Habitat/Distribution: Widespread in forests, open country and urban areas throughout New Zealand.
Principal threats: – Introduced predators (possums)
– Feral cats
– Rats
– Mustelids
– Habitat destruction.
Conservation status: Common
Fact sheet: » Tui fact sheet

Common name: New Zealand Kingfisher New Zealand Kingfisher
Latin name: Halcyon sancta
Maori name: Kotare
Sound: NZ Kingfisher (Listen)
Description: The crown and forehead is a deep green with a broad black band running from the gape through and below the eye to encircle the nape. There is a broad buff collar across the hind neck; the upper back and scapulars are deep green, the lower back, upper tail coverts and wings ultramarine, the throat and breast buff/white. The mandible is black with the base of the mandible pale yellowish. Iris black and feet dark brown.
Habitat/Distribution: Found throughout New Zealand from coastal regions to forested areas. Absent from high, snow-covered mountain areas.
Principal threats: Introduced mammalian predators.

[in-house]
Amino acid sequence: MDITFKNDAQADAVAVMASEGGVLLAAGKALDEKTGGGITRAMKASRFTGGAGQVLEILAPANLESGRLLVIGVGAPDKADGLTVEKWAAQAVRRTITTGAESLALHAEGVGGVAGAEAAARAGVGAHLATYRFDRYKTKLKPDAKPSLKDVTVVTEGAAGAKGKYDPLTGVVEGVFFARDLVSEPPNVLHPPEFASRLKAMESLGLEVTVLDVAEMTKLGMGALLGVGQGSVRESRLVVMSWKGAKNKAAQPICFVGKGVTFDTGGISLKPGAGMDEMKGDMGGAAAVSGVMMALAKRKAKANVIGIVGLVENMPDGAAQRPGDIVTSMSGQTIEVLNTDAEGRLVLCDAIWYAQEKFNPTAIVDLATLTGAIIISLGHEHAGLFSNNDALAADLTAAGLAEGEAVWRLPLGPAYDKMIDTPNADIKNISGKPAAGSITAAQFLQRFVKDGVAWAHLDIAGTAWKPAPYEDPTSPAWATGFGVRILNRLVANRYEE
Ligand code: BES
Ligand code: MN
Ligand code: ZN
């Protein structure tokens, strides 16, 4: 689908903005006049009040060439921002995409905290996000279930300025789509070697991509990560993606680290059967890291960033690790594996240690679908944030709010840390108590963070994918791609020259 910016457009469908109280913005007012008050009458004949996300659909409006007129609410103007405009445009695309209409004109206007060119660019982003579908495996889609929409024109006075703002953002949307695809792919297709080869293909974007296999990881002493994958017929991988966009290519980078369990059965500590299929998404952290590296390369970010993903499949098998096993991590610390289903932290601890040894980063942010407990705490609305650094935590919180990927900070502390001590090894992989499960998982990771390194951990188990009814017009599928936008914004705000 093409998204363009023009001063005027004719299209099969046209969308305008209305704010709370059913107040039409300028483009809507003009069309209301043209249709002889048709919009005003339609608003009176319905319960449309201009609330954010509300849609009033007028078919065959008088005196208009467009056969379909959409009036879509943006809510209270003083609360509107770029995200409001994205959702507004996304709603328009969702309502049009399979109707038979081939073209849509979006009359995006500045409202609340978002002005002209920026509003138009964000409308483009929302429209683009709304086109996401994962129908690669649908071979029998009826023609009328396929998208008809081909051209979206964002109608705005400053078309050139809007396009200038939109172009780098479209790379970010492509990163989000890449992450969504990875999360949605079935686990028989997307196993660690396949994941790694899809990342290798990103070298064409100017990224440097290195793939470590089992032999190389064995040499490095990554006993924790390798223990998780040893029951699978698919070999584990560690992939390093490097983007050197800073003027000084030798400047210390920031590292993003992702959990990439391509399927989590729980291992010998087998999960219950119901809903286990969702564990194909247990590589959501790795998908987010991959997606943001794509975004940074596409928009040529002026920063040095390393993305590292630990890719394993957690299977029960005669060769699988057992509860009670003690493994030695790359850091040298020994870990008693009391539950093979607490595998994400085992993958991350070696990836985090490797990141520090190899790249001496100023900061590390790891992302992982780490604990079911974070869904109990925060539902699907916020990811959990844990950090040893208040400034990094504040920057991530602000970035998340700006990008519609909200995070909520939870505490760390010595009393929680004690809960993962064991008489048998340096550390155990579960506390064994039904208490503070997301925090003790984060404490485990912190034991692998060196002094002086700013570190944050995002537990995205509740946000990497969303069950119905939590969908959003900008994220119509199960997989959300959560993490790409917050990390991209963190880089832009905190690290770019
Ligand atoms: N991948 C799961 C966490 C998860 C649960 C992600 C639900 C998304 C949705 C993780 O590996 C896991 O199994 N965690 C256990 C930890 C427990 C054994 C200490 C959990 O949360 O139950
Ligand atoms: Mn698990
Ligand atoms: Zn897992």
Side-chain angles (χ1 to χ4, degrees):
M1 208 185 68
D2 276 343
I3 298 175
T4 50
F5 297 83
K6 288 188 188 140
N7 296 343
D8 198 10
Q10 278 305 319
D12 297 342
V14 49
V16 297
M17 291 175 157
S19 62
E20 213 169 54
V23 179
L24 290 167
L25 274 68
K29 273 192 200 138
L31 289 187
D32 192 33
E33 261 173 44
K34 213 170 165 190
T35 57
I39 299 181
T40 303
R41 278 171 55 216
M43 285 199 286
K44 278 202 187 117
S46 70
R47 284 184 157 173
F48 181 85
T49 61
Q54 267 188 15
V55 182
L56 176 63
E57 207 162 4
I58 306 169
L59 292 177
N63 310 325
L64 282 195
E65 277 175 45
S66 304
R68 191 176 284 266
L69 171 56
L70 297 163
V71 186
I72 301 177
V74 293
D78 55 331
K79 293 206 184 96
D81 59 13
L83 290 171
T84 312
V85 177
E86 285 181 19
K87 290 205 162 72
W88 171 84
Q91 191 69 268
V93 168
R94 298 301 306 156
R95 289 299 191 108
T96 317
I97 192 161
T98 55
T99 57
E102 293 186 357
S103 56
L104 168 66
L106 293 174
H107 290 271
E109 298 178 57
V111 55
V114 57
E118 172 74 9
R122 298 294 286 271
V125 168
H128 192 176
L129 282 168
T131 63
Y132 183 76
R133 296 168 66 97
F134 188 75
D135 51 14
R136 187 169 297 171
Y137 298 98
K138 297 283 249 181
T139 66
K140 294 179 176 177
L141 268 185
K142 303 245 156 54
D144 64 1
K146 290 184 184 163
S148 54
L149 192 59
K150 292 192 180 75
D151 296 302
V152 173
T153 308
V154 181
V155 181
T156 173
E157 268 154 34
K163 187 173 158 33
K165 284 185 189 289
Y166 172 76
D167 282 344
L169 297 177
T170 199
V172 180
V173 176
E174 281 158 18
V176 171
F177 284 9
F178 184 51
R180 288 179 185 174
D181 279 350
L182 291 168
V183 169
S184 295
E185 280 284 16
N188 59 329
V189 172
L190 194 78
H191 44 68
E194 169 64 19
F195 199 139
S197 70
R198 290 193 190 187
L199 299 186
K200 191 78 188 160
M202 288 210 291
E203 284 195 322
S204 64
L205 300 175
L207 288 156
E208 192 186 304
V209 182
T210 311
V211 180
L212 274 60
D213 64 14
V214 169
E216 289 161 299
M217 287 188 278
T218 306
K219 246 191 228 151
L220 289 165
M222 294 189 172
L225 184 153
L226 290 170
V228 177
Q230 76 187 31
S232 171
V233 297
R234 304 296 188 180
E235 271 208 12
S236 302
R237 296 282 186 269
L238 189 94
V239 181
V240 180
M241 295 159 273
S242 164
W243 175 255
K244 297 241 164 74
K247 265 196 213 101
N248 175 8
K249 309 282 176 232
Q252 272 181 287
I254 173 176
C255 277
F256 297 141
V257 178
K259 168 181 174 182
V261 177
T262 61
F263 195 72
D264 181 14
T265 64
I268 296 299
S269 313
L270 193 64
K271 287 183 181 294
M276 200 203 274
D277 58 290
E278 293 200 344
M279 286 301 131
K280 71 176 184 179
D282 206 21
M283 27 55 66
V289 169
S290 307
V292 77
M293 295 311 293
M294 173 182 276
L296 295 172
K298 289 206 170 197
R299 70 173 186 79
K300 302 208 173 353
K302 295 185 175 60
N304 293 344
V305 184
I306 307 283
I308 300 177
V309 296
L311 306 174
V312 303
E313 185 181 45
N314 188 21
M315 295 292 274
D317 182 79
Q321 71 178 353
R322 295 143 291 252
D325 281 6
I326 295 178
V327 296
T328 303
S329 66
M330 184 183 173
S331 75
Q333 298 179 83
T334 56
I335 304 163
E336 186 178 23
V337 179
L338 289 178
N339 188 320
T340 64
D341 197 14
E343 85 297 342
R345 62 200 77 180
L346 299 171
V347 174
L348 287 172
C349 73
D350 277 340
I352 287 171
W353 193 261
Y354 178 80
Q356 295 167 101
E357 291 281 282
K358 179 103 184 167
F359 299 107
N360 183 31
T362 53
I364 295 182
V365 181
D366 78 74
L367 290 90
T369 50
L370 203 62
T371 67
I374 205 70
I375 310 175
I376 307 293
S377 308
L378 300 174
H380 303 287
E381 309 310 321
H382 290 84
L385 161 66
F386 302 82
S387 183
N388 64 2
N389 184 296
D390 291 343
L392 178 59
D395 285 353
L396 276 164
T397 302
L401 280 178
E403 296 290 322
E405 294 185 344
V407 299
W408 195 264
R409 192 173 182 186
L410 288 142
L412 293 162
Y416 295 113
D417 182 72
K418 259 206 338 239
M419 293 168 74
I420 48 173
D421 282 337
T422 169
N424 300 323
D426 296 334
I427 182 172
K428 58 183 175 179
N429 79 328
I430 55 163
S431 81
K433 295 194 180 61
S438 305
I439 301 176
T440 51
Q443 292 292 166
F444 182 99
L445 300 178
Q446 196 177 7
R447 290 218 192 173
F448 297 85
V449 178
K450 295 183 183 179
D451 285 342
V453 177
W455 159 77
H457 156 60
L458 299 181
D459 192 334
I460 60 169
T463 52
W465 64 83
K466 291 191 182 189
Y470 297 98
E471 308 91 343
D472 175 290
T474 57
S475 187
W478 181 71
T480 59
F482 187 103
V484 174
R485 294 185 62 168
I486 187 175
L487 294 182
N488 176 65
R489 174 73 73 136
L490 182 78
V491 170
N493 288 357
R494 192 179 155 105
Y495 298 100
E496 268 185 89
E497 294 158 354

Conservation status: Not threatened
Fact sheet: » NZ Kingfisher fact sheet

Common name: Variable Oystercatcher Variable Oystercatcher
Latin name: Haematopus unicolor
Maori name: Torea-pango
Description: Variable colouration; unicolor individuals are entirely black with a red mandible and scarlet iris, legs a coral pink. Pied individuals are black with white belly, flanks, rump and tail coverts. Intermediate individuals have variable amounts of white on wing bars, rump and belly. All birds have an orange eye-ring, bright orange mandible (often with a yellow tip) and coral pink legs.
Habitat/Distribution: Scattered right around the New Zealand coastline
Principal threats: – Loss of habitat through waterfront development
– Introduced predators preying on eggs & young birds
– Human disturbance
Conservation status: Rare
Fact sheet: » Variable Oystercatcher fact sheet

Common name: New Zealand Pigeon New Zealand Pigeon
Latin name: Hemiphaga novaeseelandiae
Maori name: Kereru, Kuku, Kukupa
Sound: NZ Pigeon (Listen)
Description: A large pigeon 51 cm in size. The sexes are alike. The head, throat and upper breast are metallic green. The nape, back and wings are purple with a coppery green sheen. Breast and belly and feathered legs are white. The iris is dark red, the mandible crimson with a yellow tip. The feet are red with black claws.